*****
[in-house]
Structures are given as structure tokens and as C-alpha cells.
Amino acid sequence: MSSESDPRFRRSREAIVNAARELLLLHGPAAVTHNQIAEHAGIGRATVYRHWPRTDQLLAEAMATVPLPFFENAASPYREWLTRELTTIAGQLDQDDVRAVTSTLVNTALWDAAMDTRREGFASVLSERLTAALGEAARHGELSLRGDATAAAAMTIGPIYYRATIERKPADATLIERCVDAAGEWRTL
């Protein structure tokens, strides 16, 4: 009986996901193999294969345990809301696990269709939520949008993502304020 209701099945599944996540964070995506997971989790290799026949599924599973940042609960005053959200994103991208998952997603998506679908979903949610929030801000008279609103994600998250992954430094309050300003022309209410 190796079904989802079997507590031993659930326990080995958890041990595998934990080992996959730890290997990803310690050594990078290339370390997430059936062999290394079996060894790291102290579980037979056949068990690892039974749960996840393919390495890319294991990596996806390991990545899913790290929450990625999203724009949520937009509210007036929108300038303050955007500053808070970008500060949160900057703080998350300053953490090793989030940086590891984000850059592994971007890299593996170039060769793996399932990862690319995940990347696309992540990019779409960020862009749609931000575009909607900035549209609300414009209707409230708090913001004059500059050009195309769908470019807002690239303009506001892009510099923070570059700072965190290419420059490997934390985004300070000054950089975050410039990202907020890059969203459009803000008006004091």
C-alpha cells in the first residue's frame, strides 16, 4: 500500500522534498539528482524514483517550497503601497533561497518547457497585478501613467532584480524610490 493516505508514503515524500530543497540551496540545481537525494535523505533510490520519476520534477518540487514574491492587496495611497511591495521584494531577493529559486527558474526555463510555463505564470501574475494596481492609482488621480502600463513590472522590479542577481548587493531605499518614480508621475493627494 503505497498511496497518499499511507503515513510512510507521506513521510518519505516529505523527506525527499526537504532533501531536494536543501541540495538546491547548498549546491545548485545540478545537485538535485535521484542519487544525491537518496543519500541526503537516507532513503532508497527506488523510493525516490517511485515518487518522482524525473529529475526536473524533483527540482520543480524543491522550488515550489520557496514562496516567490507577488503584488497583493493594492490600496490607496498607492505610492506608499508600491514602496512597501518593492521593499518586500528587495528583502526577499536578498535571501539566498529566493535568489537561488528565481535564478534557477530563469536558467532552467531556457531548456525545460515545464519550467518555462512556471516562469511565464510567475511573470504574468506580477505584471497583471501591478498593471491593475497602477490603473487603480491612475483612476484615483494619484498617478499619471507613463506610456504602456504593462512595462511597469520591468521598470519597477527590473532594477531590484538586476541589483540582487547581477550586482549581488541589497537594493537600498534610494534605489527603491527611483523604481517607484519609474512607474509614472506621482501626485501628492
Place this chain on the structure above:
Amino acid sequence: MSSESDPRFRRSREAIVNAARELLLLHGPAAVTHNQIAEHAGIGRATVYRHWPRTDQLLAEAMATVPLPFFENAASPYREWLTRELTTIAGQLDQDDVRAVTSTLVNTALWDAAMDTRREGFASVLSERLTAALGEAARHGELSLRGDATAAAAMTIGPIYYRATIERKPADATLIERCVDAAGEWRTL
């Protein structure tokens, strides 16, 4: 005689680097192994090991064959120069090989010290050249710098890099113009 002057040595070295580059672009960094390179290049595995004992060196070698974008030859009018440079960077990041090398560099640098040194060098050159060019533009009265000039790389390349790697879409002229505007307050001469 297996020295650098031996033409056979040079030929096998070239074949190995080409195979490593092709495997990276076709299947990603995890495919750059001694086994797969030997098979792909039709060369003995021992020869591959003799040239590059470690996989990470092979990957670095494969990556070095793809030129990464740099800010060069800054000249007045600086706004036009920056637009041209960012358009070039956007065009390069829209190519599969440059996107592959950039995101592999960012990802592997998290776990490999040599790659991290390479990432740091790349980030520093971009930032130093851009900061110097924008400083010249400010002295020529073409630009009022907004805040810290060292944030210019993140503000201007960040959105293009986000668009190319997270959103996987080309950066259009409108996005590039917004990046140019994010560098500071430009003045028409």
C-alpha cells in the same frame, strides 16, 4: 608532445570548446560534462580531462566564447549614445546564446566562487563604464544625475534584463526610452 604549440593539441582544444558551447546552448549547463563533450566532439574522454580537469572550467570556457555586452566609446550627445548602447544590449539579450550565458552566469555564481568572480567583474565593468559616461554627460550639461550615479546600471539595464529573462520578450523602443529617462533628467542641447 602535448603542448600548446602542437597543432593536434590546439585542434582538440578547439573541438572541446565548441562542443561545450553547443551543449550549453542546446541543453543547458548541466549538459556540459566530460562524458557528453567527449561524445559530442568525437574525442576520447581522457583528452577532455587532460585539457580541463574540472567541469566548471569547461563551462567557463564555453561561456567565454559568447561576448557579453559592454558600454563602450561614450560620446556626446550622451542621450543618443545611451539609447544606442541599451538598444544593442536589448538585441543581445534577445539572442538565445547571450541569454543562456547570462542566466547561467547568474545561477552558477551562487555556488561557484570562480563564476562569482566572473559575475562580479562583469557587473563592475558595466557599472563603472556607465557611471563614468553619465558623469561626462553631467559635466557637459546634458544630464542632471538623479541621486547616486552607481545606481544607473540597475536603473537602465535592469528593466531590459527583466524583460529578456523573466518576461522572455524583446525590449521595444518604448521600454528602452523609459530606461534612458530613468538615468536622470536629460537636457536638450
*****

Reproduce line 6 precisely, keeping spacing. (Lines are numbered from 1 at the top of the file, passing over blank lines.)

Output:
Place this chain on the structure above: